TEE Simulator Helps Facilitate Decision Making in Cardiac Surgery

Douglas Shook, MD demonstrates how transesophageal echocardiography simulation visually enhances the educational experience for residents, fellows, faculty, and staff.

The advent of 3D transesophageal echocardiography (TEE) has given cardiac surgeons the means to better communicate with cardiac anesthesiologists as they reveal valvular and other heart diseases. Learning to use this 3D technology has recently gone beyond the echo room to simulation training.

The Saturday morning STS/SCA session on Integrating Perioperative Echocardiography Into Cardiac Surgical Clinical Decision Making featured a demonstration of the HeartWorks TEE simulator by Inventive Medical.

The virtual TEE probe generates simulated ultrasound images, which are derived directly and continuously from the 3D heart model. With the standard flexion, rotation, and angulation capabilities of a multi-plane probe, students can maneuver through the manikin’s esophagus and see the underlying anatomy of the 3D heart, along with an echocardiogram generated by the 3D heart on a split computer screen.

“One of the joys I have is working with surgeons, and one of the main tools we use is echocardiography to make sure the plane flies steady. This is a fully integrated TEE simulator that helps people understand how to get images,” said co-moderator Stanton K. Shernan, MD, Director of Cardiac Anesthesia Services at Brigham and Women’s Hospital and a Professor of Anesthesia at Harvard Medical School in Boston.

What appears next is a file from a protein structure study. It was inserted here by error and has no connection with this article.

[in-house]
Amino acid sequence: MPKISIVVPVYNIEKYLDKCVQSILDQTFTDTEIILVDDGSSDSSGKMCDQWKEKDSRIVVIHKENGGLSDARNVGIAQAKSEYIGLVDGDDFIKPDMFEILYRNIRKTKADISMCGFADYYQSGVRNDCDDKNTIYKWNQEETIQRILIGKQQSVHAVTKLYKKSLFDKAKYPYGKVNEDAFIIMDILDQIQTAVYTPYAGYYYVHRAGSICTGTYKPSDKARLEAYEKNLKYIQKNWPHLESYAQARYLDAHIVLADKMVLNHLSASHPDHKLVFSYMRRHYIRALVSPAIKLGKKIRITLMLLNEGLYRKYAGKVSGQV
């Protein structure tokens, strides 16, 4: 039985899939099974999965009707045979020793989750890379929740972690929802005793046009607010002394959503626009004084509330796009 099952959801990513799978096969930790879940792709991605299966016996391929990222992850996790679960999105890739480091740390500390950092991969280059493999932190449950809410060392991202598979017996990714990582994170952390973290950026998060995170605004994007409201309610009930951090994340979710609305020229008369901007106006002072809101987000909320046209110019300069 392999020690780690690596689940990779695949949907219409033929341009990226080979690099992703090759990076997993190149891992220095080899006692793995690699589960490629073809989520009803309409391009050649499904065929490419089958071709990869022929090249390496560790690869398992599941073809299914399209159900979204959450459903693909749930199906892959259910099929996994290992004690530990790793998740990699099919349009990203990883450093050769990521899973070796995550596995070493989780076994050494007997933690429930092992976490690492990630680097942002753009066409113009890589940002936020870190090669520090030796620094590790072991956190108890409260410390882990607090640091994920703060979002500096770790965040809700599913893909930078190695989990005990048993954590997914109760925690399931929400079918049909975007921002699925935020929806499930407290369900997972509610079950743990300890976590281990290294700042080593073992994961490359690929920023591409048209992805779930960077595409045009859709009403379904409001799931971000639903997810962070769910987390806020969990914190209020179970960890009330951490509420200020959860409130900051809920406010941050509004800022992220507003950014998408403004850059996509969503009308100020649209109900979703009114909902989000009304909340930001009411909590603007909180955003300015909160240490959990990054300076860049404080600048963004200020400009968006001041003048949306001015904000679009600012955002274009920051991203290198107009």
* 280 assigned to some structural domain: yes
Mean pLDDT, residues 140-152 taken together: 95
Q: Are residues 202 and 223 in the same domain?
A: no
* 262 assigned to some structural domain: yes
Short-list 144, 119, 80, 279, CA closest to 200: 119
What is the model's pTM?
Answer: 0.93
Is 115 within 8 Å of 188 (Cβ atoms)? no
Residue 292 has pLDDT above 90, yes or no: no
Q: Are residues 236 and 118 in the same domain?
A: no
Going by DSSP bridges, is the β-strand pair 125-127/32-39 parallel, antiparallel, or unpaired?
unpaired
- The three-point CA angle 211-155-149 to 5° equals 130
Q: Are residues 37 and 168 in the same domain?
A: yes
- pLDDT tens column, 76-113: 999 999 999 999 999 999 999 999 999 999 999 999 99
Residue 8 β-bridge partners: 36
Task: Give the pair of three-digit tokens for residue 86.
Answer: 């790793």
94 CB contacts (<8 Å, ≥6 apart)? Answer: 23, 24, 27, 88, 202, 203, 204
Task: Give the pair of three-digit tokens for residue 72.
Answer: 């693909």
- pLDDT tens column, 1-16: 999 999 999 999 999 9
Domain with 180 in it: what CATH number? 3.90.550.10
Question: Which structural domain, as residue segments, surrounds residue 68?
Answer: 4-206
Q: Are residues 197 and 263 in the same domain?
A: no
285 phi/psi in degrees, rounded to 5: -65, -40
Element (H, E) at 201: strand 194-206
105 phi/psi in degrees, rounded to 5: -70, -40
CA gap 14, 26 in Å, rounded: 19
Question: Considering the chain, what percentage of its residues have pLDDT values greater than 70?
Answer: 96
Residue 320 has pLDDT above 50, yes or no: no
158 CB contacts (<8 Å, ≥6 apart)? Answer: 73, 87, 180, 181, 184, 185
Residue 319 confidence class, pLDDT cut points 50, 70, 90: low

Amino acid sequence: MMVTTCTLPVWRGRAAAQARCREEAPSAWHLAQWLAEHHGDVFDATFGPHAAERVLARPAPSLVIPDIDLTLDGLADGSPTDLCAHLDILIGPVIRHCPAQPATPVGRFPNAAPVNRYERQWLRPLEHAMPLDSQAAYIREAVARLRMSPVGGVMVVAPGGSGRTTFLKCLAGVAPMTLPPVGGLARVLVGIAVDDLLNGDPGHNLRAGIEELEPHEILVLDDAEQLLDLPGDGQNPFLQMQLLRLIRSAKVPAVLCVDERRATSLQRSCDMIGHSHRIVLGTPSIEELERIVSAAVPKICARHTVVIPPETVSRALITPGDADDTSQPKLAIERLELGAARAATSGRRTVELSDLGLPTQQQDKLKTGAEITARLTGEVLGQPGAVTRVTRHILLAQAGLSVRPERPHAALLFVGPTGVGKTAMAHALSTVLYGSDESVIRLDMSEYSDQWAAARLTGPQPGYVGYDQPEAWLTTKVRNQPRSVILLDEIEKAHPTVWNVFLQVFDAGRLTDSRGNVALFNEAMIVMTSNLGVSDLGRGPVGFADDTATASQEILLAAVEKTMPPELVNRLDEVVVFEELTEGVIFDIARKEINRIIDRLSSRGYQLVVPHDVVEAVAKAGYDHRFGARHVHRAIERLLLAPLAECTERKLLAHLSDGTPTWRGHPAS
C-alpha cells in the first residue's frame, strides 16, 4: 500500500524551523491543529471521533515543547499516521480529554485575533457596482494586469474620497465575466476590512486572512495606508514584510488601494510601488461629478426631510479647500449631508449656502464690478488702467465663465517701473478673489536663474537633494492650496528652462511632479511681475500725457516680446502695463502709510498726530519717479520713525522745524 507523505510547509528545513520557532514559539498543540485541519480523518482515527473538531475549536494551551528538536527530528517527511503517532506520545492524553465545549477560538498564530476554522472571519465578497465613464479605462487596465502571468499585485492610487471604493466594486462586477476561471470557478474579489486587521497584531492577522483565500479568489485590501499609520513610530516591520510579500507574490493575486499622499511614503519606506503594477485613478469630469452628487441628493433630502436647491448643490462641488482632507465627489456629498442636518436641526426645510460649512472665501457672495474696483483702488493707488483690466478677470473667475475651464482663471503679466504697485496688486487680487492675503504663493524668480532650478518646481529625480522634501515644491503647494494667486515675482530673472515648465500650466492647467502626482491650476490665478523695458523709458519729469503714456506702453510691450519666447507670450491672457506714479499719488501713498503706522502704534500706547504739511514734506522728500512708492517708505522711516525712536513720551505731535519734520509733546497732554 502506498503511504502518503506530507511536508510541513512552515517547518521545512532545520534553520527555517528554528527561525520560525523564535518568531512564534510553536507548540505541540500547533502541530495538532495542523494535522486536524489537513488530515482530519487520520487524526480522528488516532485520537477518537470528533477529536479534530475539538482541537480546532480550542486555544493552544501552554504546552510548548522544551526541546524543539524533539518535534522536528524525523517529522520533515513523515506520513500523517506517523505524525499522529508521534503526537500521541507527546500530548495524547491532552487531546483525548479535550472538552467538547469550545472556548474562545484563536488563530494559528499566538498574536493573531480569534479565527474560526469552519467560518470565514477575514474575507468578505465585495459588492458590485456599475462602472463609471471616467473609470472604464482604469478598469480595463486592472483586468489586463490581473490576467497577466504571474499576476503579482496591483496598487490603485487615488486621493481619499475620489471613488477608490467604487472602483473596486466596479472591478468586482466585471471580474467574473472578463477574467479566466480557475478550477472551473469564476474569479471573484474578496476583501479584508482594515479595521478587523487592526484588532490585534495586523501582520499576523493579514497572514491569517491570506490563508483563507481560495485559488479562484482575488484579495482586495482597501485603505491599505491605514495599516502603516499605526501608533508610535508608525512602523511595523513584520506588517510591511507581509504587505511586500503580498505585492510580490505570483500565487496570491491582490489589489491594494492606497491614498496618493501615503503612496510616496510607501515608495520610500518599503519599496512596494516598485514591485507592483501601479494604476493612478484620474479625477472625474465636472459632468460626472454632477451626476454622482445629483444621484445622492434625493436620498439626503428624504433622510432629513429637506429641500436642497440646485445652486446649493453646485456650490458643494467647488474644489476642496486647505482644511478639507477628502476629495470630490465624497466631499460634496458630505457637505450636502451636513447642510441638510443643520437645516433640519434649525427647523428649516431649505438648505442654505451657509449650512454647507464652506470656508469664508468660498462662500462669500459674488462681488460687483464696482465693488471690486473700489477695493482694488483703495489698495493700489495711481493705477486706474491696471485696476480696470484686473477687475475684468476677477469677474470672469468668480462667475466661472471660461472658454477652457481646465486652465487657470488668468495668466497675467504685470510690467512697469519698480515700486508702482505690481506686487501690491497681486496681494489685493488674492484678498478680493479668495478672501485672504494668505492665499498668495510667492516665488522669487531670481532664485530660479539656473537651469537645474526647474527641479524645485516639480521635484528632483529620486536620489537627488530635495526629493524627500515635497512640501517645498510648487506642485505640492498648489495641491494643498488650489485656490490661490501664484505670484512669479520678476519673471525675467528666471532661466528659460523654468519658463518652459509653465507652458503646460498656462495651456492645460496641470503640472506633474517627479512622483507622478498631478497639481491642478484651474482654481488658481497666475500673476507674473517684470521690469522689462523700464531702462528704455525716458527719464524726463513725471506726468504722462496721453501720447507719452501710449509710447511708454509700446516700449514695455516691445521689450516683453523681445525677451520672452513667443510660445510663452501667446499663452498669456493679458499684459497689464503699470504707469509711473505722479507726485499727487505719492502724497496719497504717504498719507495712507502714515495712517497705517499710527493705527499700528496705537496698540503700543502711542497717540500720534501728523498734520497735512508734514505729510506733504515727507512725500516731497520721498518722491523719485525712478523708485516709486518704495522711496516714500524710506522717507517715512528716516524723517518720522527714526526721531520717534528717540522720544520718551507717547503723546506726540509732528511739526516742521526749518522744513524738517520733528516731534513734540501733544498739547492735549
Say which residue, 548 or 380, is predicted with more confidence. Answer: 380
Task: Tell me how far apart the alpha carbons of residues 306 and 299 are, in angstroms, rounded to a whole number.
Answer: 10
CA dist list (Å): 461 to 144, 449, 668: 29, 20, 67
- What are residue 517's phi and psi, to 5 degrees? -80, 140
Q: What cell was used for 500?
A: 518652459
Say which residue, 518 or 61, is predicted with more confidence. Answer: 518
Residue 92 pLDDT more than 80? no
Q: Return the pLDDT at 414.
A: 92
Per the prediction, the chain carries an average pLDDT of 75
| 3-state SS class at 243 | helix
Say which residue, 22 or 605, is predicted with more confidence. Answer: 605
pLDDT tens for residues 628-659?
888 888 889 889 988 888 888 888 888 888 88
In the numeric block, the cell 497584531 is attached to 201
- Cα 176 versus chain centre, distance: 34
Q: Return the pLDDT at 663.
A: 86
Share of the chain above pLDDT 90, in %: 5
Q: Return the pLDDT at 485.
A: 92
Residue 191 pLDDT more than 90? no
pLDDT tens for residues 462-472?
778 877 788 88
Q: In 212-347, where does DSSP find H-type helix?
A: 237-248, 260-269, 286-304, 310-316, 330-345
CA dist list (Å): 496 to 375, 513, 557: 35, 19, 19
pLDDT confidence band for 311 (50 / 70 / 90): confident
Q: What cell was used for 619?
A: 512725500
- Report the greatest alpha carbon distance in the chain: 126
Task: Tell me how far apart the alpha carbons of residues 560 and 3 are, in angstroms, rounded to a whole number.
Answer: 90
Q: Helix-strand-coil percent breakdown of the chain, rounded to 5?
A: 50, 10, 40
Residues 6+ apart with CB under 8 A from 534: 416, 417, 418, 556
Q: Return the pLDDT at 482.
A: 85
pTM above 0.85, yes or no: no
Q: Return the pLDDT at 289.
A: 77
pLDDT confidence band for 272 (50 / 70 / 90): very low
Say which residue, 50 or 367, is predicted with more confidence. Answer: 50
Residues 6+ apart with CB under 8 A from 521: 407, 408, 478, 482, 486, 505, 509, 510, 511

Douglas Shook, MD demonstrated how TEE simulation visually enhances the educational experience for residents, fellows, faculty, and staff.

“The beauty of the simulator is that it allows you to integrate the two images—your anatomy and what you see echocardiographically—in a way that helps you better understand what you’ll see in the operating room. That ability to move your probe is one of the most powerful things you have in the operating room to understand and get a feeling for a valve pathology,” said Dr. Shook, Assistant Professor of Anesthesia at Harvard Medical School and Program Director of the Cardiothoracic Anesthesia Fellowship and Director of Cardiac Interventional Anesthesia at Brigham and Women’s Hospital.

An added benefit is how the TEE simulator facilitates communication.

“All of us will get lost in the image if we can’t anticipate what’s about to happen. A lot of times, your echocardiographer will quickly move the probe around and tell you what you’re looking at,” Dr. Shook said. “It allows you the opportunity to have that conversation about precisely what you’re doing.”

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